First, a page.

North Carolina: Pamlico schools defining foreign language options for students from abroad

Harold Schiffman hfsclpp at
Thu Sep 4 16:29:10 UTC 2008

Pamlico schools defining foreign language options for students from abroad

September 3, 2008 - 7:22PM

Matt Tessnear
Sun Journal

Pamlico County school officials are discussing ways students from
other countries can meet state foreign language requirements, in an
effort to better accommodate people who did not grow up speaking
English. The state requires all students to earn two credits of the
same foreign language to graduate. Last year, two Arabic students in
Pamlico County were enrolled in a Spanish class to meet the
requirement. But they already knew how to speak Spanish and needed to
better learn English, said George Robinson, chairman of the Board of

"The idea here is that a kid in ESL (English as a Second Language)
class can receive credit for foreign language and spend more time
working on English skills," Robinson said. "If the Arabic child passes
a test, he can move on to something more useful." Cathy Dunbar, the
assistant superintendent for curriculum and instruction, presented
foreign language compliance options Tuesday night to the board. To
meet the state and system graduation requirement, Dunbar said a
student may:

n Take two foreign language classes, as usual. This has been the
previous policy in Pamlico County.

n Present a transcript from another country that shows credit was earned.

n Take a standardized test, somewhat like the SAT, to determine
proficiency in a language.

n Take a test at a college or university to earn high school, and
possibly college, credit for foreign language.

Dunbar said a Spanish-speaking student recently asked her why he
needed to take a Spanish class to graduate when he already knew how to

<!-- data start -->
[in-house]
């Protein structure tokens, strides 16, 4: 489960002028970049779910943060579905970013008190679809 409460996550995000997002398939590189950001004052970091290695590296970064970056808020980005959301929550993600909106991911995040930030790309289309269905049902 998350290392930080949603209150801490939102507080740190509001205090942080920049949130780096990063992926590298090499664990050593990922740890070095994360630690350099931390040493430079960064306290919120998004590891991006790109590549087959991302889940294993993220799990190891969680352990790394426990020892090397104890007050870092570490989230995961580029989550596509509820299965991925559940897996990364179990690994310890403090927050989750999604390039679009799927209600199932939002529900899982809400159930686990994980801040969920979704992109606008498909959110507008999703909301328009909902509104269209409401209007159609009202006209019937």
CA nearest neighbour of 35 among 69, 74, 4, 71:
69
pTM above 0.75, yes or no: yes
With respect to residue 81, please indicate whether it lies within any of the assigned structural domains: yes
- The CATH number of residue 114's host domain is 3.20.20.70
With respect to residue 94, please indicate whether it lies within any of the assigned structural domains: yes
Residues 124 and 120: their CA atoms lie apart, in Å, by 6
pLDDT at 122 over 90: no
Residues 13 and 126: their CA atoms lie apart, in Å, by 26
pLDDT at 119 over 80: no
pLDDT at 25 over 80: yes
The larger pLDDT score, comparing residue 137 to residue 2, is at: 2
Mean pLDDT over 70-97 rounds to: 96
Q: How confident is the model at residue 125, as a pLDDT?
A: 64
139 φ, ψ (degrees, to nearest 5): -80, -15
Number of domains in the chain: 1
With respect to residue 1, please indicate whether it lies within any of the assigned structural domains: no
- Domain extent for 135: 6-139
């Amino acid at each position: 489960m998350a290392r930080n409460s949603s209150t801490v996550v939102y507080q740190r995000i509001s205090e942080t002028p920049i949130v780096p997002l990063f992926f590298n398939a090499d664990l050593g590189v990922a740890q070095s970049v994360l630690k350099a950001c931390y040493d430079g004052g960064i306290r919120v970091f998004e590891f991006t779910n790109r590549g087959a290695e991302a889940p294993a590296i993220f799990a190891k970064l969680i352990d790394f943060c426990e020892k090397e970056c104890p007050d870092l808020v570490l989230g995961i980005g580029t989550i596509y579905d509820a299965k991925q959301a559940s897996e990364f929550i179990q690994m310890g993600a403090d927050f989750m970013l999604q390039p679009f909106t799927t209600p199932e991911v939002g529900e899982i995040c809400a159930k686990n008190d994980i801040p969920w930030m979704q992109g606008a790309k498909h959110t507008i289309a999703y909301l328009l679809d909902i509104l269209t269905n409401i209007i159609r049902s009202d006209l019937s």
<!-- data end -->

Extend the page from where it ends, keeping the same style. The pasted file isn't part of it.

speak the language.

"We thought it was a good point to consider," Dunbar said. It was
almost like requiring an English-speaking student to pass an English
language class to graduate, she said.

In Craven County, principals decide how a student earns credit for
foreign languages, said Annette Brown, the assistant superintendent
for instruction and accountability.

"It's never arisen as a problem, because they must be taking care of
it," Brown said. "I don't think there's a specific policy to address
it. We will be discussing this as a future process."

If a student in Pamlico County chooses another proficiency option and
does not take and pass a foreign language class, he or she will not
receive a credit that counts toward the 28 required to graduate,
Dunbar said.

The board may approve the policy changes at its October meeting.

State-defined graduation requirements

 Students must take two credits of the same foreign language if
enrolled in a college preparatory course of study or demonstrate
proficiency in a language as determined by the school system. This
became part of state policy for the Class of 2004.
 English as a Second Language does not count toward the foreign
language requirement.
 American Sign Language does meet the requirement.
 Students whose native language is not English still need two foreign
language credits or must demonstrate proficiency in a language. People
who speak a language other than English may enroll in a class to study
their own language.
Source: The North Carolina Department of Public Instruction

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